“Music is the food of love,” as the saying goes. For many people, however, it’s the love of food that lures them to a house concert.
The Glass Vase Concert on 23rd May 2010 is no exception. In its fifth year of producing live classical music concerts in private homes, the Monument House Concert Series continues to expand in breadth and diversity. [A future blog entry should definitely be entitled “Variety is the spice of life.”] For the first time, a professional chef was invited to cater for 50 people.
Egyptian food, by its very name, is a mystery to many. Just what is Egyptian food?
Chef Hany Youssef explains.
There is a variety of tastes in Egyptian cuisine. The main breakfast for many Egyptians is “fool” which means beans with salt, garlic, and lemon juice, and served with bread.
In Egypt every meal is accompanied by bread. The beans are made in many different ways, the most famous being taameia [falafel], aatz [lentilsoup], and koshari [a meal with beans, lentils, rice macaroni all in one plate.] All these meals are vegetarian.
Most meals are with rice and meat, fish or chicken, and a wide variety of vegetables.
Egyptian food is not very spicy. Salt, pepper, garlic and kamoon [cumin] are used the most.
Chef Hany made three different meals for the Glass Vase Concert dinner, for which guests had to reserve in advance. The meals were koshari, kobeiba shaimi, and bahmia, described below.
Koshari is a vegetarian meal made from rice, beans, lentils, and macaroni. It is served with fried onions and a hot tomato sauce.
Kobeiba shaimi is a dish of meatballs made from bulgur, stewed with potatoes in tomato sauce. It is served with rice. Bulgur is a Middle Eastern grain high in fiber and protein, and low in fat and calories.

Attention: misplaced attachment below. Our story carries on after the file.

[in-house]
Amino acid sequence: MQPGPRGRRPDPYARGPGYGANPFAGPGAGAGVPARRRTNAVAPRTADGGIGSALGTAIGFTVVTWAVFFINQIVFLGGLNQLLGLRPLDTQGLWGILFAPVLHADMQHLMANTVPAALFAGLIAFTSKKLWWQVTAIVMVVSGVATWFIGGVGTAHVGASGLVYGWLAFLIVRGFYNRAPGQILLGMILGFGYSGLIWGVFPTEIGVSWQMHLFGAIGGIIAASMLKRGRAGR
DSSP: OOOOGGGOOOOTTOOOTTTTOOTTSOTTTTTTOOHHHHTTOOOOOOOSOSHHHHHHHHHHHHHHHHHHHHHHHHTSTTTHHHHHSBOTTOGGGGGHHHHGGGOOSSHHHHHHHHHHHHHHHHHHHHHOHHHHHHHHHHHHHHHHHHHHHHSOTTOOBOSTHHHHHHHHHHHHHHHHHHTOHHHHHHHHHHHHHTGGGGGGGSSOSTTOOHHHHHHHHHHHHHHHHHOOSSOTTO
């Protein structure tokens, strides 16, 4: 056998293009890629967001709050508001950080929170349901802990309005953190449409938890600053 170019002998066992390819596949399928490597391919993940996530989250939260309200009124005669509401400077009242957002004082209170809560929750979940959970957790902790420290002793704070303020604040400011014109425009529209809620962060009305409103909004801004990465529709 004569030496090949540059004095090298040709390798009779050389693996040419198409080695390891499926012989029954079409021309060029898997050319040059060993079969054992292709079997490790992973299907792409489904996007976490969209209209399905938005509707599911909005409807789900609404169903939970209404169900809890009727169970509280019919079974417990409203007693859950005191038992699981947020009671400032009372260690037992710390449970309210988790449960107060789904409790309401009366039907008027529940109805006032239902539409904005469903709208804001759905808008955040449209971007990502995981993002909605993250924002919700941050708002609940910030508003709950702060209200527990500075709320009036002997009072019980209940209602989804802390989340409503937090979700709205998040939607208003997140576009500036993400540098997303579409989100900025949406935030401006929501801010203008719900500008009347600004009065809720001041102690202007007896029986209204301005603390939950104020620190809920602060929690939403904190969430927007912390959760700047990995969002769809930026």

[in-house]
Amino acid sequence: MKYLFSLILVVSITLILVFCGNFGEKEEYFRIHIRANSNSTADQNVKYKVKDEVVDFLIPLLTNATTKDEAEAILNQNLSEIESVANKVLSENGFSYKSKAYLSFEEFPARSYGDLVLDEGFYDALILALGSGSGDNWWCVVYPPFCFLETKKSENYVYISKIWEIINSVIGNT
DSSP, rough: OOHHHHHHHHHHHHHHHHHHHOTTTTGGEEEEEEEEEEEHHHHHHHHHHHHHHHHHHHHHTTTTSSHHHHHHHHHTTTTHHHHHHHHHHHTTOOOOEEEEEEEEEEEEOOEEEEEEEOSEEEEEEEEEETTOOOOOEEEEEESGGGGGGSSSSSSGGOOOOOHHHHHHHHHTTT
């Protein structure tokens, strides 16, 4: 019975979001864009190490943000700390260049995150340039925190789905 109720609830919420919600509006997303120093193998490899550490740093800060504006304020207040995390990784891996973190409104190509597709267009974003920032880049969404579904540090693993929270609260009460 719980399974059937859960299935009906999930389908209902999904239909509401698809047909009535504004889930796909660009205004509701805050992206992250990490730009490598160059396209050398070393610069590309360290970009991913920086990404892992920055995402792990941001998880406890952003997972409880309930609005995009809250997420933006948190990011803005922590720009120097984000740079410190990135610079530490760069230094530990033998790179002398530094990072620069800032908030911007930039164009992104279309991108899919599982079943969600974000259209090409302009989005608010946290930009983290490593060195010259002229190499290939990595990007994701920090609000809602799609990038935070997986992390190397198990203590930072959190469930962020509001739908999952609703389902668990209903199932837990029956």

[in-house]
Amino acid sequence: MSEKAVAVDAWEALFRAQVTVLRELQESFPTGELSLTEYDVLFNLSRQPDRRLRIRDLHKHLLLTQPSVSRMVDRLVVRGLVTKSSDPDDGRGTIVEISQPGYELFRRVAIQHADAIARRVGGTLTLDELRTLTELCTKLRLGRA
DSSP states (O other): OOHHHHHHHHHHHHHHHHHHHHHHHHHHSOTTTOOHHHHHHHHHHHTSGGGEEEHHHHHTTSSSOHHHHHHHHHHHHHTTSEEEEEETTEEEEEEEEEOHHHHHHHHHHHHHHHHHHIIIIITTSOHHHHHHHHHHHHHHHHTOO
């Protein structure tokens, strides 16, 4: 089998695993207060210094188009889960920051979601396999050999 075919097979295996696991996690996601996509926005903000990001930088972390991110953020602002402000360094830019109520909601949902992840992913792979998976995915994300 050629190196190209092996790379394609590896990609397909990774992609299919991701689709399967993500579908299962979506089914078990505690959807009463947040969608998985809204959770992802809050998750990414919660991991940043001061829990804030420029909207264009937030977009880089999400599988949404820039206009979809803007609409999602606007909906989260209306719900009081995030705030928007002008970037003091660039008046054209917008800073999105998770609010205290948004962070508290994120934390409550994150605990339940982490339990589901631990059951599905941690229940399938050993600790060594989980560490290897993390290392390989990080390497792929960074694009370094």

Bahmia is okra with lamb meat in tomato sauce, also served with rice.
As salad is very important in Egypt, Chef Hany made a mixed salad with lettuce, cucumber, tomato and onions and another salad with extra anchovies and bacon.
How did Chef Hany learn to cook?
“When I was a little boy (about 9 years old), my mother was ill for a long period. She could not move but taught me how to cook.
I like food. I am always interested in learning new recipes from all over the world. And I like experimenting with new flavours and ingredients.”
Apparently what he made for the house concert dinner was just a small percentage of his entire repertoire. Besides food from his native Egypt, Chef Hany also has extensive experience in the Mediterranean kitchen largely from a period he spent in Italy.
For the Glass Vase Concert, Chef Hany and his assistants spent the previous day (Saturday 22nd May 2010) shopping for the various vegetables, beans, meats, fruit, rice, herbs, and spices and preparing the meal that could be done beforehand. Such included frying the onions and cooking the sauces that could be reheated the next day.
Even before the door opened at 14:00, Chef Hany was already busy setting up the kitchen for dinner.
At 18:45 after the third concert had ended, the Egyptian dinner was served in the back garden. It was a warm, late spring day without wind, perfect for an outdoor gathering.
After a dessert of mixed fresh fruit in yoghurt, it was time to reconvene for the fourth concert indoors.
Someone announced, “Let’s give the chef a hand.”
Standing ovation for Chef Hany!
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